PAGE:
Question & Answer With Mottel Of Letters Of Thought - Kitzur Shulchan Aruch
A Simple Jew asks:
Unlike Mishna Berura, I have noticed that many people tend to disregard or hold Kitzur Shulchan Aruch in low esteem. Perhaps the more bizyonos that it gets, the greater its inherent kedusha. What do you think?
Mottel of Letters of Thought answers:
Before we delve deeper into the question, perhaps it is appropriate to give the background of the sefer . . .
The Kitzur Shulchan Aruch was written at a time of great spiritual upheaval in Hungary - communities were divided between the Orthodox standard and the Neolog, a reformist movement that pushed a change in the 'status-quo'. Seeing the peril that faced his brethren, Rabbi Shlomo Ganzfried decided to create a work that would present the day to day requirements of G-d's Torah in a fashion that was accessible to all. An act that in truth is no different then the original writing of Shulchan Aruch, or for that matter the Rambam before that.
Based upon the works of the Alter Rebbe, the Chayei Adam and Rabbi Ya'akov of Lissa, the Kitzur Shulchan Aruch renders psak based upon the majority agreement, much as the Shulchan Aruch did using the works of the Rif, Rambam, and Rosh.
In the need to bring out the final 'psak' Rabbi Ganzfried put brevity before all, even if it meant sacrificing explanation. The sefer had been estimated to have had "over two million copies come of the press since its initial printing."
Despite the wide publicity and popular demand of the sefer, there is an apparent disregard for it amongst the elitist, 'yeshivish' circles which choose the works of Mishna Berura and the like over it. The reason simply being, to paraphrase a ma'amar Chazal, that the very act for which the Kitzur Shulchan Aruch strives - brevity, is in truth his undoing . . . for in the yeshivah world there is a need to dive deeper into the inner workings and meanings of the law - something impossible when faced with the simple words of the Kitzur Shulchan Aruch. Even more so, to properly render a psak halacha from a sefer is, in the words of the Rosh, impossible from an abridged work.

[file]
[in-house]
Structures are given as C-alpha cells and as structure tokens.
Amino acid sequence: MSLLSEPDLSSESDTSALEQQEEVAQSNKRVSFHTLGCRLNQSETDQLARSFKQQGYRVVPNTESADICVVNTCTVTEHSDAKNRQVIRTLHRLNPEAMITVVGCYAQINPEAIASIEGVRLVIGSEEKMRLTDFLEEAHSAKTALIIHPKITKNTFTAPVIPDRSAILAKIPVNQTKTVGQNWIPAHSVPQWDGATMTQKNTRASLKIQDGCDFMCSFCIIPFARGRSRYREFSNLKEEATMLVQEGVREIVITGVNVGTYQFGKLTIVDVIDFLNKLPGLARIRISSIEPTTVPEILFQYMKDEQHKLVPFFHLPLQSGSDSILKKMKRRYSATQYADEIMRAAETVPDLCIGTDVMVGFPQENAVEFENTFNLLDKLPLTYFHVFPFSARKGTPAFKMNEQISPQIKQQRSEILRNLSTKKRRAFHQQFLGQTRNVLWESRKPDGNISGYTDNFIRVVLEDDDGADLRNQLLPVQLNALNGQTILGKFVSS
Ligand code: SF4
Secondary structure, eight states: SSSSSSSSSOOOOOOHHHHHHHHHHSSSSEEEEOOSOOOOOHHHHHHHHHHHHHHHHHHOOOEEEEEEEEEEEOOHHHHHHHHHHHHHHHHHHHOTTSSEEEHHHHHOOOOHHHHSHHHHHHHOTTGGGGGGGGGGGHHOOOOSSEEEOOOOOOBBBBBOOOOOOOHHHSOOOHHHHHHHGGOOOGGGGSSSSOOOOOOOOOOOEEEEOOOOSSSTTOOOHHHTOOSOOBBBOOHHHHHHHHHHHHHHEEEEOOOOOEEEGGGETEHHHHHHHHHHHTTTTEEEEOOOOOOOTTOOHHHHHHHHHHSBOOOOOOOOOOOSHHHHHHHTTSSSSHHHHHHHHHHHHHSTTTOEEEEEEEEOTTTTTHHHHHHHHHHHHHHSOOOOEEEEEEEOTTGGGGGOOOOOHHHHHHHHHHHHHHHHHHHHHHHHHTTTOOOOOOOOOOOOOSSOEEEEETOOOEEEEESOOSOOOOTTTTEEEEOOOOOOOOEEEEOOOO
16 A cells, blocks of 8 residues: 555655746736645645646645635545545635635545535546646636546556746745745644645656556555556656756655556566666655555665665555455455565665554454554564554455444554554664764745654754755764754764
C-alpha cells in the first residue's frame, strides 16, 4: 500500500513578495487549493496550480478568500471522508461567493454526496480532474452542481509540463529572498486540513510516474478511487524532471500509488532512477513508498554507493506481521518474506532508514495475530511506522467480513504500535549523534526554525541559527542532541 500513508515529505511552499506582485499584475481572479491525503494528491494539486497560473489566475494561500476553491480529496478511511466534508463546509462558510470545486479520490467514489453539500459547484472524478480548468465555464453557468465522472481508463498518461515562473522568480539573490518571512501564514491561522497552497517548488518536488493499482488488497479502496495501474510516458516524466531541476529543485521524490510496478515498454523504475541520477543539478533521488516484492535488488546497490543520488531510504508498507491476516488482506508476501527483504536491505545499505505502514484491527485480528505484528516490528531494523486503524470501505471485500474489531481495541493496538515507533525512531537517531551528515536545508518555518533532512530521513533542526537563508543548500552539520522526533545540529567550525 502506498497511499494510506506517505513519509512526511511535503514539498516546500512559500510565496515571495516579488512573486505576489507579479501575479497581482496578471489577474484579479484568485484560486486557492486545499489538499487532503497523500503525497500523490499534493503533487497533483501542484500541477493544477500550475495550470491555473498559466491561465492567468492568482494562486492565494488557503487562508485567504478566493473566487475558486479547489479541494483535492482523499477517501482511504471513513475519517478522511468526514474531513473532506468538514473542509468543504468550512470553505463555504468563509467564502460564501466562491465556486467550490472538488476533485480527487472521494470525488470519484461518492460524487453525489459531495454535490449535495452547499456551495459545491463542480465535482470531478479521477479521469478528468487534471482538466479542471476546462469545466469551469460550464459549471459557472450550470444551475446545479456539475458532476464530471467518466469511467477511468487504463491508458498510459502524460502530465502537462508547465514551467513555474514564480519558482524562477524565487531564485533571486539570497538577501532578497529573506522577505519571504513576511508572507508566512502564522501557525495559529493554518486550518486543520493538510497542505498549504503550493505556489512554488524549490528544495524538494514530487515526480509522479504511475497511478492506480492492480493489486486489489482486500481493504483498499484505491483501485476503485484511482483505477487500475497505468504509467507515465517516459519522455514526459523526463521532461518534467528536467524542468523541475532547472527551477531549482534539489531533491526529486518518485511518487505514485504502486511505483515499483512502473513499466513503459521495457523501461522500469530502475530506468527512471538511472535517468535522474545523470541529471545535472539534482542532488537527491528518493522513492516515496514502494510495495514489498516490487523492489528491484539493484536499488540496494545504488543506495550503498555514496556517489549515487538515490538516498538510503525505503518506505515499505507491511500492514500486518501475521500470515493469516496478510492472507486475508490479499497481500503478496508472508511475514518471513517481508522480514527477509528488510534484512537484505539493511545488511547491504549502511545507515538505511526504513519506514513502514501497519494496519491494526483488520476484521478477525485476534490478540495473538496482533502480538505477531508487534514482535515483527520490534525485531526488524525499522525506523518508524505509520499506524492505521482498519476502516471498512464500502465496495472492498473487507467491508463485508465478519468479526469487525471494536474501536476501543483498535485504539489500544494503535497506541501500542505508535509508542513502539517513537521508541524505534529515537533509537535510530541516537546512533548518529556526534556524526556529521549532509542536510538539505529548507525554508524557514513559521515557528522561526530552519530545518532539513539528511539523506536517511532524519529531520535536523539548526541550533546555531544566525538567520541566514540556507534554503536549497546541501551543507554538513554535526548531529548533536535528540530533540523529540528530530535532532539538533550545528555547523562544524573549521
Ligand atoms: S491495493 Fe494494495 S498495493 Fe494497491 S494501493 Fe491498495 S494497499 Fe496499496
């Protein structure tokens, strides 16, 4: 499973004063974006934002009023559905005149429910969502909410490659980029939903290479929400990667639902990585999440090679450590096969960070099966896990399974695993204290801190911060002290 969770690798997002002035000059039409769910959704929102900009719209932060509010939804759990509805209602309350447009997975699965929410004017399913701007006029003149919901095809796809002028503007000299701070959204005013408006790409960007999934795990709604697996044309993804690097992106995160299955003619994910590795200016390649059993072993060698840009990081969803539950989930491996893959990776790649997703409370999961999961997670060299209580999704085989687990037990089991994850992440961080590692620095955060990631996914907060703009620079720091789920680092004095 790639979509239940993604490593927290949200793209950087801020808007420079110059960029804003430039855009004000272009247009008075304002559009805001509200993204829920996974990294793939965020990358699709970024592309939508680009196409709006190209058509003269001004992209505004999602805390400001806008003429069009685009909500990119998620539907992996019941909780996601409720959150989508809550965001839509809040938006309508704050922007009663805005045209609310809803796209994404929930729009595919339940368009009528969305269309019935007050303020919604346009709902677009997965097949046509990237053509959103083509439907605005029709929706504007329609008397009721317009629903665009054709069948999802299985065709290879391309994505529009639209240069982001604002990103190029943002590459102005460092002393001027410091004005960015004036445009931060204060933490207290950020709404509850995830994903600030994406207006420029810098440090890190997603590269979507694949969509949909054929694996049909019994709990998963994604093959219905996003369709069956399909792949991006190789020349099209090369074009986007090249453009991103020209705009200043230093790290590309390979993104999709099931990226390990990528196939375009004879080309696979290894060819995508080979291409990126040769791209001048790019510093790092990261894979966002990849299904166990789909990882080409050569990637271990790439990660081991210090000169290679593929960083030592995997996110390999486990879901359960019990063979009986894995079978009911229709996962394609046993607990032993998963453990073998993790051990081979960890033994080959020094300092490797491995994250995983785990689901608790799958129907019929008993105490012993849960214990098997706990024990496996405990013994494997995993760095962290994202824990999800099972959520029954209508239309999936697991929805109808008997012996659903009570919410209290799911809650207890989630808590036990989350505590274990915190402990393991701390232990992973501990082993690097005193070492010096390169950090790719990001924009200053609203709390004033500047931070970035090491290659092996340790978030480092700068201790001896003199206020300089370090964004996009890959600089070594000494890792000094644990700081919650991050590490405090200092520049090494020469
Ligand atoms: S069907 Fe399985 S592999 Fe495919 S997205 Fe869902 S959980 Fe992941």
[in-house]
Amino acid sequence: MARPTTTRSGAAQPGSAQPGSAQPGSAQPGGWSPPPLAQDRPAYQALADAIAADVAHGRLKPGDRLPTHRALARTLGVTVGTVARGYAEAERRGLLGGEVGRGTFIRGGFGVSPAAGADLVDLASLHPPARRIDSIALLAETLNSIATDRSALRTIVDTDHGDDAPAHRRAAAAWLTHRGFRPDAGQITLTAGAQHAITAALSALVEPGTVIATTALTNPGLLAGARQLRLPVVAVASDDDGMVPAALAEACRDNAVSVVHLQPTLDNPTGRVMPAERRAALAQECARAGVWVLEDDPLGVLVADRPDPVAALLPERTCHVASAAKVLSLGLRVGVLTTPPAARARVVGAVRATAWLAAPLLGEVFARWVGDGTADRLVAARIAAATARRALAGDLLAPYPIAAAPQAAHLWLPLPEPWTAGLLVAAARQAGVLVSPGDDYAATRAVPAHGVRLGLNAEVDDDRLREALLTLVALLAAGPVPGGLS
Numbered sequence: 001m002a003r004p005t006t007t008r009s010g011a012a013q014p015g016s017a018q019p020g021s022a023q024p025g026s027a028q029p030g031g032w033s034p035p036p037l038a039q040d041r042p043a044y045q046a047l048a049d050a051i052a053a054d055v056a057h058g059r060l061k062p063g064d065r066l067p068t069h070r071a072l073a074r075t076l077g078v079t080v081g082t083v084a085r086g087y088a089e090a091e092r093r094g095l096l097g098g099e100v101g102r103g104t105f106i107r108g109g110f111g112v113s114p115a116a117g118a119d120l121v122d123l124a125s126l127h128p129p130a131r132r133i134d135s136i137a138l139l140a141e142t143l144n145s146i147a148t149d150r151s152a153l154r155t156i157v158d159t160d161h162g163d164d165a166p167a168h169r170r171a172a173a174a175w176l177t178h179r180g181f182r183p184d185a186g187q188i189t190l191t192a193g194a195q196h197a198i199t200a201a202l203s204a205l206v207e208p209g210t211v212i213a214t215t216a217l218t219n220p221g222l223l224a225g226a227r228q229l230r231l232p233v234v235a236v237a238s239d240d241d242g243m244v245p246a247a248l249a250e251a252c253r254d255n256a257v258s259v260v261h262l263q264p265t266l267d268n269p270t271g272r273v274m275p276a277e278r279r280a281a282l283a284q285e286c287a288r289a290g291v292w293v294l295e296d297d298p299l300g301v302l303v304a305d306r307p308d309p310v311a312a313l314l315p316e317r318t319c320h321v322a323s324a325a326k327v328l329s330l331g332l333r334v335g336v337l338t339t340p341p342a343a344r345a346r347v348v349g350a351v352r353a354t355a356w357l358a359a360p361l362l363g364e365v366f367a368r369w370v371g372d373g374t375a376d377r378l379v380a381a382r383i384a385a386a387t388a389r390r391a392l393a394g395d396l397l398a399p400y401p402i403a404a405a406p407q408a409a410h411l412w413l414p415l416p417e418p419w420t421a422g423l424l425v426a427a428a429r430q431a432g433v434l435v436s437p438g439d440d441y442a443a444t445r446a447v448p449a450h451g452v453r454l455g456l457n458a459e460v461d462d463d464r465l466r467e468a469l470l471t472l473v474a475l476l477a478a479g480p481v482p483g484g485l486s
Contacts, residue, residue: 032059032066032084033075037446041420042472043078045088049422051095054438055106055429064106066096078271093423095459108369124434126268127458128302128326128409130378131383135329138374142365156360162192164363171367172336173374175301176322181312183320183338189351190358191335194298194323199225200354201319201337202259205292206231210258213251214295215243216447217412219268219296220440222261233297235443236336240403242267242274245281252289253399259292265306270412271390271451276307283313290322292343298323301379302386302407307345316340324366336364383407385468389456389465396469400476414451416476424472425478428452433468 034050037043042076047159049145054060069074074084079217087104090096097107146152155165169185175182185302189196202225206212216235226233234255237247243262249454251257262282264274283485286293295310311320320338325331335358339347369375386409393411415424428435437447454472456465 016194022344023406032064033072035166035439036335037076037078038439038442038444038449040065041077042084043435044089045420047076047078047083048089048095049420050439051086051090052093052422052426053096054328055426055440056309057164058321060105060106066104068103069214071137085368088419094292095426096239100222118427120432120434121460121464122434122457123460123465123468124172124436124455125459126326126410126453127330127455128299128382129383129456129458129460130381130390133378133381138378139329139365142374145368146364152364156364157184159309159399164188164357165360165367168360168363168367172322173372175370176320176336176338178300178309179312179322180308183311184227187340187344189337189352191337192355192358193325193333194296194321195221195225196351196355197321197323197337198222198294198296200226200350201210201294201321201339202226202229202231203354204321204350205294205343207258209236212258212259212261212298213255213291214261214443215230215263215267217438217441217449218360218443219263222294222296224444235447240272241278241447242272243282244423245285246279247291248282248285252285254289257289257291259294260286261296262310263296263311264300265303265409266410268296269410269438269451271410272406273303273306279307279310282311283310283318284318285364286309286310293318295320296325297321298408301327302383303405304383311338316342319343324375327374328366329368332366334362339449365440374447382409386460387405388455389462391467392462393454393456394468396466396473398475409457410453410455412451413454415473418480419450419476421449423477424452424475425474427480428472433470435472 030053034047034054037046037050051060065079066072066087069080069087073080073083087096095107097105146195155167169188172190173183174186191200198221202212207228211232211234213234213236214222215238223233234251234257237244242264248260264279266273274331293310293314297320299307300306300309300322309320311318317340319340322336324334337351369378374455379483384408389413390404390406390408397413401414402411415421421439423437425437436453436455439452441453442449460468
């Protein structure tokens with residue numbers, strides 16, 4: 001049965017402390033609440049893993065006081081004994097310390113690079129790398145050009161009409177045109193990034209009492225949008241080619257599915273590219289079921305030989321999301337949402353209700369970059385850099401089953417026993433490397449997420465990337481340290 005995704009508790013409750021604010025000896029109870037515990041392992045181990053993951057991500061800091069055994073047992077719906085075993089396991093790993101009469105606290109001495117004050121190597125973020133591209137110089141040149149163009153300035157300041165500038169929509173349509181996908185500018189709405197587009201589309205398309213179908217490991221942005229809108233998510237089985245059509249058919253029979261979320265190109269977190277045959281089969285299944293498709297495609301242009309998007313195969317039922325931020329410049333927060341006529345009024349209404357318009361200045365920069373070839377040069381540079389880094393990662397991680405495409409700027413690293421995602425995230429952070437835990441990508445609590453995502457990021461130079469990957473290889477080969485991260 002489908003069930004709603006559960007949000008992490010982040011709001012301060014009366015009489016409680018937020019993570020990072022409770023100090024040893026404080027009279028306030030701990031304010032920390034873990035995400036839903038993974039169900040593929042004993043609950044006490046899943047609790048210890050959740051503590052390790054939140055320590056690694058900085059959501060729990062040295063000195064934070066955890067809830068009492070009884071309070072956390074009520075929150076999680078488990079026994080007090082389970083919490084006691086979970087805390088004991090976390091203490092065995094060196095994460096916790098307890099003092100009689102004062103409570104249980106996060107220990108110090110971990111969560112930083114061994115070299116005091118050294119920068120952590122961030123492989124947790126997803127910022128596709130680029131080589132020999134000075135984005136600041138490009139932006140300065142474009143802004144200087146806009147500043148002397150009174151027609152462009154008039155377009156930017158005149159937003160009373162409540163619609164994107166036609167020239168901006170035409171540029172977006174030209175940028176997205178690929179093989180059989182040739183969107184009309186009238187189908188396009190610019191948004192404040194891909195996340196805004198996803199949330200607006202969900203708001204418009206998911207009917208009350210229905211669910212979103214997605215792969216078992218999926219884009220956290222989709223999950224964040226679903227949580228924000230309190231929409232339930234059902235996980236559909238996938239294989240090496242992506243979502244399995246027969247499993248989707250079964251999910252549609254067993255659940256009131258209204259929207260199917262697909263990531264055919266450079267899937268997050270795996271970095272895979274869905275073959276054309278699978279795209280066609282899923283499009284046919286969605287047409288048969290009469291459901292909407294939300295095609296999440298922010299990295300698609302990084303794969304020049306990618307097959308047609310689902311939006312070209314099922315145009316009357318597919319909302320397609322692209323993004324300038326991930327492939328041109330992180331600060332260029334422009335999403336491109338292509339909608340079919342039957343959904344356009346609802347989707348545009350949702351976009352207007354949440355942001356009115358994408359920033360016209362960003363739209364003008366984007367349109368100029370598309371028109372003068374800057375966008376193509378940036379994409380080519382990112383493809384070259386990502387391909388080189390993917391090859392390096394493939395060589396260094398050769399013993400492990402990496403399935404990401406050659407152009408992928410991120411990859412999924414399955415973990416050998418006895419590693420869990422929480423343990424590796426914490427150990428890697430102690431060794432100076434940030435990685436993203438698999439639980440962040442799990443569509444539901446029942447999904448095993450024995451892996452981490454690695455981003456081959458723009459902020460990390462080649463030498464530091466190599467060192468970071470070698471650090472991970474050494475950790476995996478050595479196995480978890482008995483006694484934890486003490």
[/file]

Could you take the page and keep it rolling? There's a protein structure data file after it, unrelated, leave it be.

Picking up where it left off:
In reality, however, all those who wish to compare the Kitzur Shulchan Aruch to other halachic works and thereby degrade it, are in fact mistaken. For the Kitzur Shulchan Aruch, in truth, performs an entirely different purpose then that of the Mishna Berura - the former being a work of psak halacha, of the basic precepts of Jewish life, while the later serves to dive into the realm of pilpul; one is a Rav, the other a Rosh Yeshivah.
True the Kitzur Shulchan Aruch can not be used to pasken, it's abridged nature prevents that, but that was never it's intent. The Kitzur Shulchan Aruch was meant to bring out the bottom line, which it so elegantly does.
On a deeper level, the very brevity of the Kitzur Shulchan Aruch brings out a greater unification of the Jewish people. For while halacha in general is a common denominator that unites us all - the obligations of Shabbos, kashrus, and the like apply to all indiscriminately- how the law is learned can vary from person to person. The greater ones understanding and level of education, the deeper he can delve. In the realm of Kitzur Shulchan Aruch, the halacha has been distilled to its essence, on this level every Jew can open the book and easily understand the halacha. Even more so since Kitzur Shulchan Aruch is probably the most translated book next to the Chumash and siddur. Rabbi Shlomo Ganzfried's sefer represent the advantage of klal over prat, of the general principal over what is derived from it. It is the yechida of the soul where we all stand the same with Hashem. (Based on the teachings of the Lubavitcher Rebbe -12 Sivan, 5744)